Connect with us


Money Laundering Watchlist: Nigeria Risks Banking, Economic Dangers



Money Laundering Watchlist: Nigeria Risks Banking, Economic Dangers

Economic and financial experts at S&P Global Ratings have hinted that Nigeria’s inclusion in the Financial Action Task Force’s (FATF’s) grey list on money laundering could portend dangers for the country’s financial sector and the entire economy.

It said the development could raise financial transaction and compliance costs for the Nigerian banking sector and exacerbate already severe foreign currency shortages.

These risks are largely captured within S&P’s existing ratings on the sovereign and Nigerian financial institutions.

Business Metrics reported that in the latest review, Nigeria and South Africa had been included in the Financial Action Task Force’s (FATF) money laundering grey list.

The FATF’s grey listing reflects deficiencies identified in Nigeria’s framework for tackling money laundering and combating the financing of terrorism.

Experts said while Nigerian authorities have committed to improving legislative and regulatory gaps, the expectation with the latest development is that not only financial institutions, but also designated nonfinancial businesses and professionals such as accountants and lawyers, will need to demonstrate their ability to identify and address money-laundering risks.

What the Experts are saying: 

“We believe that the protracted militant insurgency in the North of Nigeria, tensions in the Niger Delta, issues in neighboring countries, and the large informal sector exacerbate risks of illicit domestic and cross-border transactions.

“Nigeria’s financial system is also highly reliant on cash transactions due to the large informal sector.

“These factors threaten the country’s anti-money laundering/combating the financing of terrorism (AML/CFT) regime.

“Our ‘B-‘ long-term rating on the sovereign and the negative outlook are partly influenced by significant regulatory and governance shortcomings.”

Bank’s Cost: According to the experts, banks’ costs will likely be affected by the grey listing.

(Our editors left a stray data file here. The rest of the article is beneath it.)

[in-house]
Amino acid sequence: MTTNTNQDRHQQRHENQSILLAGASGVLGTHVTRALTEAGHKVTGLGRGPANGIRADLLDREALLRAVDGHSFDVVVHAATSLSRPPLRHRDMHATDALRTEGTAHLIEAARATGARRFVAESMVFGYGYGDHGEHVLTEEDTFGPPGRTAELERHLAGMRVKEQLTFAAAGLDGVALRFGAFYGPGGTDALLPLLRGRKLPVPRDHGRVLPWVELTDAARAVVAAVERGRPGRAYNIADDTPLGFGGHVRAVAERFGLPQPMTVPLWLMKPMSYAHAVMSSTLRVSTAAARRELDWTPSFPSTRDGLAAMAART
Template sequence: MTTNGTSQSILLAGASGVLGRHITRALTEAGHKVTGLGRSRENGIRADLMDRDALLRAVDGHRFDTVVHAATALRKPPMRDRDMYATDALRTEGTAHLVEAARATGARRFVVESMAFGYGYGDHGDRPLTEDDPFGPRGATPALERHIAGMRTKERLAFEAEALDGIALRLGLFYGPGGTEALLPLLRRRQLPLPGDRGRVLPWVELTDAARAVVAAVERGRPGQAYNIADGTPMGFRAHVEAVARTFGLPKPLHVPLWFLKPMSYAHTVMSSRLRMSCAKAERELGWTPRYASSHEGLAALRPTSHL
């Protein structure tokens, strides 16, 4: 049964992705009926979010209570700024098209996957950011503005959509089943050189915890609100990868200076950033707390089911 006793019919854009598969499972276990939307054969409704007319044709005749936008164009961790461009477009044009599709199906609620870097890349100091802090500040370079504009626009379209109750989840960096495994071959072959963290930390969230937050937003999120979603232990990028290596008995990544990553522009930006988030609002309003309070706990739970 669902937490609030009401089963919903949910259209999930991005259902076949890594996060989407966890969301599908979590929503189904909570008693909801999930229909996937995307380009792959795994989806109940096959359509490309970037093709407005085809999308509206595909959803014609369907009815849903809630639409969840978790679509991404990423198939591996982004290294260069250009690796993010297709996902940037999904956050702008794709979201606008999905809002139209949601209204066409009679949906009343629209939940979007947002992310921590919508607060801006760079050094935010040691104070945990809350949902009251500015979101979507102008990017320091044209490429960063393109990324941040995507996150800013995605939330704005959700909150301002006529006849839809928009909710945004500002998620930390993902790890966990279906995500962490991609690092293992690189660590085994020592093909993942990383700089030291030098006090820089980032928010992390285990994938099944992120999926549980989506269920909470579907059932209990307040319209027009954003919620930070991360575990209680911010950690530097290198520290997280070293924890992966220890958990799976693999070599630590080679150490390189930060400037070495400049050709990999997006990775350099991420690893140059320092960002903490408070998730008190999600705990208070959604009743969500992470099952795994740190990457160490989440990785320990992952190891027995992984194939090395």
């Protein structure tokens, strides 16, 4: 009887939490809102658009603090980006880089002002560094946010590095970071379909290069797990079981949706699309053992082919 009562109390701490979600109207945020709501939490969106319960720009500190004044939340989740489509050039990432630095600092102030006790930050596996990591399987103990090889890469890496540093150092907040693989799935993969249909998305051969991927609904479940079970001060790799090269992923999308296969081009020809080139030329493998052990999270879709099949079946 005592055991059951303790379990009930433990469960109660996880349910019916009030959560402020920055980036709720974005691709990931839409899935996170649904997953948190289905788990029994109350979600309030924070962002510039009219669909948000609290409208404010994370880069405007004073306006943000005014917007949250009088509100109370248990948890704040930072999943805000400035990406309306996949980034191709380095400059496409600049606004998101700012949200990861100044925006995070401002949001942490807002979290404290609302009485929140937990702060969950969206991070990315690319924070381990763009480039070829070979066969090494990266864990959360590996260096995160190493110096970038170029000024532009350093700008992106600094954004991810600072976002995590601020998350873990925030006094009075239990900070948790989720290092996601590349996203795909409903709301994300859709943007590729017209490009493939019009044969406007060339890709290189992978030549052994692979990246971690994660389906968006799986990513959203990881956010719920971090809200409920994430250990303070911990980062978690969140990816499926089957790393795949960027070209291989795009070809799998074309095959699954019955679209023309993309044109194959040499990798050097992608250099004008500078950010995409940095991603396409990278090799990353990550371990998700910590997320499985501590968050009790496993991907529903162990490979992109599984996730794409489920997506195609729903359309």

It said, “Based on our observations in other African countries on the grey list, we expect Nigerian banks to manage to maintain their correspondent banking relationships, but due diligence, compliance, and transactions costs will likely increase.”

While Nigerian banks have historically been exposed to external refinancing risk, the sector recorded a net external asset position in 2021. Banks grew their foreign assets by 30%, while their liabilities declined by 2%. We expect the sector’s external position to remain broadly stable in 2023.

Despite some reputational risk and potentially higher cost of compliance, the implications of grey listing for Nigeria’s banking sector are likely to be contained, S&P said.

Digital Banking to the Rescue:

The Nigerian banking sector has come a long way since the 2009 crisis. Banks’ digital capabilities could help facilitate the identification and reporting of AML/CFT gaps in their risk-management frameworks.

The banking sector’s digital transformation has led to the strengthening of client onboarding and traceability over time.

This was further underpinned by the mandatory issuance of a national identification number to citizens in 2015; this is used, for example, to open a bank account.

However, adoption has been slow in the country despite its large size, which has an estimated population of over 200 million.

“Despite the Central Bank of Nigeria (CBN’s) efforts to reduce cash transactions, banking intermediation is low,” the Ratings agency noted.

Meanwhile, aspects of ownership, management, and governance of rated banks have improved thanks to the 2010 banking reform.

It however noted that governance deficiencies and lack of transparency in the broader economy continue to affect the banking sector, adding that such gaps could create systemic risks, given the generally high single-name and sector concentration.

“The banking sector has benefited from significant reform momentum, with the CBN issuing guidance on emerging risks such as sustainable banking and cyber risks.

“Nevertheless, disparities in information technology and human resources persist across the sector. In addition, the CBN’s adoption of global best practices has been lagging. For example, full adoption of Basel III’s capital buffers remain elusive, given the persisting scarcity of foreign currency in the banking sector and the weakening naira.

What you should know:

  • Listing of Nigeria on the Financial Action Task Force’s grey list puts the image of the country in jeopardy in the face of global investors and financial institutions.
  • BusinessMetrics noted that Being added to the list can impact a country’s global financial reputation and, in the long term, can reduce its chance of obtaining funding from development institutions.
  • Lack of transparency and decisive action against the scourge lower the chances of the country to attract foreign direct investments (FDI) and foreign portfolio investments (FPI).

Continue Reading
Click to comment

Leave a Reply

Your email address will not be published.

Advertisement Enter ad code here